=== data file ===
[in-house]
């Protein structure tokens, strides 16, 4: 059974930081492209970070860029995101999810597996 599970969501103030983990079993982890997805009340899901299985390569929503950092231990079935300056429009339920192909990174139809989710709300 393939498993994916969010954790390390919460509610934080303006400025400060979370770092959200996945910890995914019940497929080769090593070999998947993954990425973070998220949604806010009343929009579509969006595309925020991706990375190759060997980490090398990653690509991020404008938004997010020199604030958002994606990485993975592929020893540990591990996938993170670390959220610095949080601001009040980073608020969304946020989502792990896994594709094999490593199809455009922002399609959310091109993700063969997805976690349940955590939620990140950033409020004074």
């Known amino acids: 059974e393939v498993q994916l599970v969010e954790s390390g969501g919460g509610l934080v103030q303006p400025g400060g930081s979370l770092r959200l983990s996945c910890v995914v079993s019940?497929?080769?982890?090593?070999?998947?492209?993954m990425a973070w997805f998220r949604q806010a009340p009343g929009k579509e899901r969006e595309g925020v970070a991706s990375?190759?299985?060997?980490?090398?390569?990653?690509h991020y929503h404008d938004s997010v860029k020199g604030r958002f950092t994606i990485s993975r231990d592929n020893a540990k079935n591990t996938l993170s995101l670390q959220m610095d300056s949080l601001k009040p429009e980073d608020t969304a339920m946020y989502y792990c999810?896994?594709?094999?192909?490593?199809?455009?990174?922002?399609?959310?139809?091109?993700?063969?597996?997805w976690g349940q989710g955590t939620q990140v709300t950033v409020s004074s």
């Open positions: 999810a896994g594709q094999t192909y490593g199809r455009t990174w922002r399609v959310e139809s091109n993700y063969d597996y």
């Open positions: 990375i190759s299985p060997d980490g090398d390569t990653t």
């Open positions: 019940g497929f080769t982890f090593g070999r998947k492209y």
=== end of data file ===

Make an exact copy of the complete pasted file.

[in-house]
């Protein structure tokens, strides 16, 4: 059974930081492209970070860029995101999810597996 599970969501103030983990079993982890997805009340899901299985390569929503950092231990079935300056429009339920192909990174139809989710709300 393939498993994916969010954790390390919460509610934080303006400025400060979370770092959200996945910890995914019940497929080769090593070999998947993954990425973070998220949604806010009343929009579509969006595309925020991706990375190759060997980490090398990653690509991020404008938004997010020199604030958002994606990485993975592929020893540990591990996938993170670390959220610095949080601001009040980073608020969304946020989502792990896994594709094999490593199809455009922002399609959310091109993700063969997805976690349940955590939620990140950033409020004074």
């Known amino acids: 059974e393939v498993q994916l599970v969010e954790s390390g969501g919460g509610l934080v103030q303006p400025g400060g930081s979370l770092r959200l983990s996945c910890v995914v079993s019940?497929?080769?982890?090593?070999?998947?492209?993954m990425a973070w997805f998220r949604q806010a009340p009343g929009k579509e899901r969006e595309g925020v970070a991706s990375?190759?299985?060997?980490?090398?390569?990653?690509h991020y929503h404008d938004s997010v860029k020199g604030r958002f950092t994606i990485s993975r231990d592929n020893a540990k079935n591990t996938l993170s995101l670390q959220m610095d300056s949080l601001k009040p429009e980073d608020t969304a339920m946020y989502y792990c999810?896994?594709?094999?192909?490593?199809?455009?990174?922002?399609?959310?139809?091109?993700?063969?597996?997805w976690g349940q989710g955590t939620q990140v709300t950033v409020s004074s």
């Open positions: 999810a896994g594709q094999t192909y490593g199809r455009t990174w922002r399609v959310e139809s091109n993700y063969d597996y």
């Open positions: 990375i190759s299985p060997d980490g090398d390569t990653t």
């Open positions: 019940g497929f080769t982890f090593g070999r998947k492209y």